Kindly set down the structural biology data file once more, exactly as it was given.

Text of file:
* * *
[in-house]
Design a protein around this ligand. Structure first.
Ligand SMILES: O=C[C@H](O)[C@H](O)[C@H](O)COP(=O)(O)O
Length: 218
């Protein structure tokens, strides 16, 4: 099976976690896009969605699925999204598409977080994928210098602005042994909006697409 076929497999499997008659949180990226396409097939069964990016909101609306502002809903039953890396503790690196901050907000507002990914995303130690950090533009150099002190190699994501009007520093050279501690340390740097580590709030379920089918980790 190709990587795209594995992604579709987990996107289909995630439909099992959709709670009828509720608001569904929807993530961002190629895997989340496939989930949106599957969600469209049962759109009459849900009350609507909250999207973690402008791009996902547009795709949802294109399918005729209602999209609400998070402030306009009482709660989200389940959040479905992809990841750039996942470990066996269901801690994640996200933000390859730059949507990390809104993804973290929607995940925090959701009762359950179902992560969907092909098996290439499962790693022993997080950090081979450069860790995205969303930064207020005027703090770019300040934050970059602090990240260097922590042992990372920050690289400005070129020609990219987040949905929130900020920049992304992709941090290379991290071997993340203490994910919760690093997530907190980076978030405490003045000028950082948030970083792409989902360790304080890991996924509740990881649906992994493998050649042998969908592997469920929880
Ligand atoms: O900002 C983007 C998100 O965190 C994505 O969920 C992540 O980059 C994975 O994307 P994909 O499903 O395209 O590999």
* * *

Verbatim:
[in-house]
Design a protein around this ligand. Structure first.
Ligand SMILES: O=C[C@H](O)[C@H](O)[C@H](O)COP(=O)(O)O
Length: 218
């Protein structure tokens, strides 16, 4: 099976976690896009969605699925999204598409977080994928210098602005042994909006697409 076929497999499997008659949180990226396409097939069964990016909101609306502002809903039953890396503790690196901050907000507002990914995303130690950090533009150099002190190699994501009007520093050279501690340390740097580590709030379920089918980790 190709990587795209594995992604579709987990996107289909995630439909099992959709709670009828509720608001569904929807993530961002190629895997989340496939989930949106599957969600469209049962759109009459849900009350609507909250999207973690402008791009996902547009795709949802294109399918005729209602999209609400998070402030306009009482709660989200389940959040479905992809990841750039996942470990066996269901801690994640996200933000390859730059949507990390809104993804973290929607995940925090959701009762359950179902992560969907092909098996290439499962790693022993997080950090081979450069860790995205969303930064207020005027703090770019300040934050970059602090990240260097922590042992990372920050690289400005070129020609990219987040949905929130900020920049992304992709941090290379991290071997993340203490994910919760690093997530907190980076978030405490003045000028950082948030970083792409989902360790304080890991996924509740990881649906992994493998050649042998969908592997469920929880
Ligand atoms: O900002 C983007 C998100 O965190 C994505 O969920 C992540 O980059 C994975 O994307 P994909 O499903 O395209 O590999």